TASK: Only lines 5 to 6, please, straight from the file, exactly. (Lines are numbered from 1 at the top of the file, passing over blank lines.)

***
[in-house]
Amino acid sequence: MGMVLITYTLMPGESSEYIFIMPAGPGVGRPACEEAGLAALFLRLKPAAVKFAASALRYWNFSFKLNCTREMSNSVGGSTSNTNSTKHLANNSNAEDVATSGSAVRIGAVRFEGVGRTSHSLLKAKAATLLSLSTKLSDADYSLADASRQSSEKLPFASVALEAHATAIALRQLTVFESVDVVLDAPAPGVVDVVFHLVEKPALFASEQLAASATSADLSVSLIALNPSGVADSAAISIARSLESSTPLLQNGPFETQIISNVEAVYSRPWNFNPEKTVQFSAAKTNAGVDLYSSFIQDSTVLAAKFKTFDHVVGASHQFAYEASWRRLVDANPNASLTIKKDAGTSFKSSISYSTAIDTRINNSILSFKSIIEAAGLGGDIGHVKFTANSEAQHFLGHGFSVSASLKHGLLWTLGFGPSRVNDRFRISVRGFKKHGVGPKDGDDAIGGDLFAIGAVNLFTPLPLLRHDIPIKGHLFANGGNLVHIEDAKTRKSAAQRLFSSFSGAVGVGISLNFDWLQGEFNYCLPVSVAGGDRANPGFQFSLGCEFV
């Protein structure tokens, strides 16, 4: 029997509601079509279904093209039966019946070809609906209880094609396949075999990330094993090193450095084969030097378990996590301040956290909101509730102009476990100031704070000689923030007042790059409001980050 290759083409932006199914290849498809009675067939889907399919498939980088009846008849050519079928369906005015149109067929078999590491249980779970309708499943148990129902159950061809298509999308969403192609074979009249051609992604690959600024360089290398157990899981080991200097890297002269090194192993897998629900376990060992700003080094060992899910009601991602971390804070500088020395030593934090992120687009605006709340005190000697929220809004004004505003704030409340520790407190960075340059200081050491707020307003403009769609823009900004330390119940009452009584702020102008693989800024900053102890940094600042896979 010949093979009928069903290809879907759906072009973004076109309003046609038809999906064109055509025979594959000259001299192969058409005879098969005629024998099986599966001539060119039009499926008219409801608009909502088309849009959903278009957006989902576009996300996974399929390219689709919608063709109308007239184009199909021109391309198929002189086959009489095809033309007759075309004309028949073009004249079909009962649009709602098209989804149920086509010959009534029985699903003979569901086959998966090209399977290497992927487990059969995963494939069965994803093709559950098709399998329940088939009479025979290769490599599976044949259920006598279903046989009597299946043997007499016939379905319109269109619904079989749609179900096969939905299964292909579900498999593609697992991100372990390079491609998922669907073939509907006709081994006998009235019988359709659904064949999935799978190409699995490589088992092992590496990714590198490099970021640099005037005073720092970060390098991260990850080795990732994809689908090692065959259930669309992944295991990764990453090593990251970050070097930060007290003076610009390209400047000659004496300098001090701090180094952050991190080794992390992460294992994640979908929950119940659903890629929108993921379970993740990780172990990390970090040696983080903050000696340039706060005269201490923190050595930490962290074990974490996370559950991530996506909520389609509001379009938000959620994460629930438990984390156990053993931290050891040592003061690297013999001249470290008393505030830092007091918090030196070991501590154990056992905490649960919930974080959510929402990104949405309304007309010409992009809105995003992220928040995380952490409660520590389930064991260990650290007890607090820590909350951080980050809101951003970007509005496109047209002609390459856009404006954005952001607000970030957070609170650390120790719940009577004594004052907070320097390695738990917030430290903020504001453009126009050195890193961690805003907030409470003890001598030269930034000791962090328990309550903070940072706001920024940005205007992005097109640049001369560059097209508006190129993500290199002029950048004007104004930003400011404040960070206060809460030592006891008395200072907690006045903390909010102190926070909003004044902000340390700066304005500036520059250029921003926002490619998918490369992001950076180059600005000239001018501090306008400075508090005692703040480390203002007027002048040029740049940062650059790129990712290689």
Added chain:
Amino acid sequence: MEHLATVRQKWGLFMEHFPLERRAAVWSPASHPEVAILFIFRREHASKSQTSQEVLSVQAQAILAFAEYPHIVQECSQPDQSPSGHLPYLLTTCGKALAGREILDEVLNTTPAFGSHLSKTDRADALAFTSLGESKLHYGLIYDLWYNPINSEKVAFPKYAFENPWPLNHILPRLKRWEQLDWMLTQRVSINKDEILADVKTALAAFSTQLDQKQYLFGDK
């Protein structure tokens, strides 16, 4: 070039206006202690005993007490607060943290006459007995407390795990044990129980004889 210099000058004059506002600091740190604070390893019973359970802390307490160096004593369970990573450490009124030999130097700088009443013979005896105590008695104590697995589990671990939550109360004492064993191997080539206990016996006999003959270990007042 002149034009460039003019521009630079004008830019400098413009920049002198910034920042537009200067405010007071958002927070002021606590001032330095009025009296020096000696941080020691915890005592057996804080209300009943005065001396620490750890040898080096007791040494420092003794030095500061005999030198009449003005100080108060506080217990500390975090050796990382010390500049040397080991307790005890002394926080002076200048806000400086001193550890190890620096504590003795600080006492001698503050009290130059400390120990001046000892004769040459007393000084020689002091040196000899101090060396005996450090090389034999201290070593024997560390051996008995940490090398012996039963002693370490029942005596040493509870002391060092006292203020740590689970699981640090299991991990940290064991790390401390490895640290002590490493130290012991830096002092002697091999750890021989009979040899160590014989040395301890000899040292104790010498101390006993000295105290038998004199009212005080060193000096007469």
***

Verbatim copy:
Amino acid sequence: MEHLATVRQKWGLFMEHFPLERRAAVWSPASHPEVAILFIFRREHASKSQTSQEVLSVQAQAILAFAEYPHIVQECSQPDQSPSGHLPYLLTTCGKALAGREILDEVLNTTPAFGSHLSKTDRADALAFTSLGESKLHYGLIYDLWYNPINSEKVAFPKYAFENPWPLNHILPRLKRWEQLDWMLTQRVSINKDEILADVKTALAAFSTQLDQKQYLFGDK
């Protein structure tokens, strides 16, 4: 070039206006202690005993007490607060943290006459007995407390795990044990129980004889 210099000058004059506002600091740190604070390893019973359970802390307490160096004593369970990573450490009124030999130097700088009443013979005896105590008695104590697995589990671990939550109360004492064993191997080539206990016996006999003959270990007042 002149034009460039003019521009630079004008830019400098413009920049002198910034920042537009200067405010007071958002927070002021606590001032330095009025009296020096000696941080020691915890005592057996804080209300009943005065001396620490750890040898080096007791040494420092003794030095500061005999030198009449003005100080108060506080217990500390975090050796990382010390500049040397080991307790005890002394926080002076200048806000400086001193550890190890620096504590003795600080006492001698503050009290130059400390120990001046000892004769040459007393000084020689002091040196000899101090060396005996450090090389034999201290070593024997560390051996008995940490090398012996039963002693370490029942005596040493509870002391060092006292203020740590689970699981640090299991991990940290064991790390401390490895640290002590490493130290012991830096002092002697091999750890021989009979040899160590014989040395301890000899040292104790010498101390006993000295105290038998004199009212005080060193000096007469």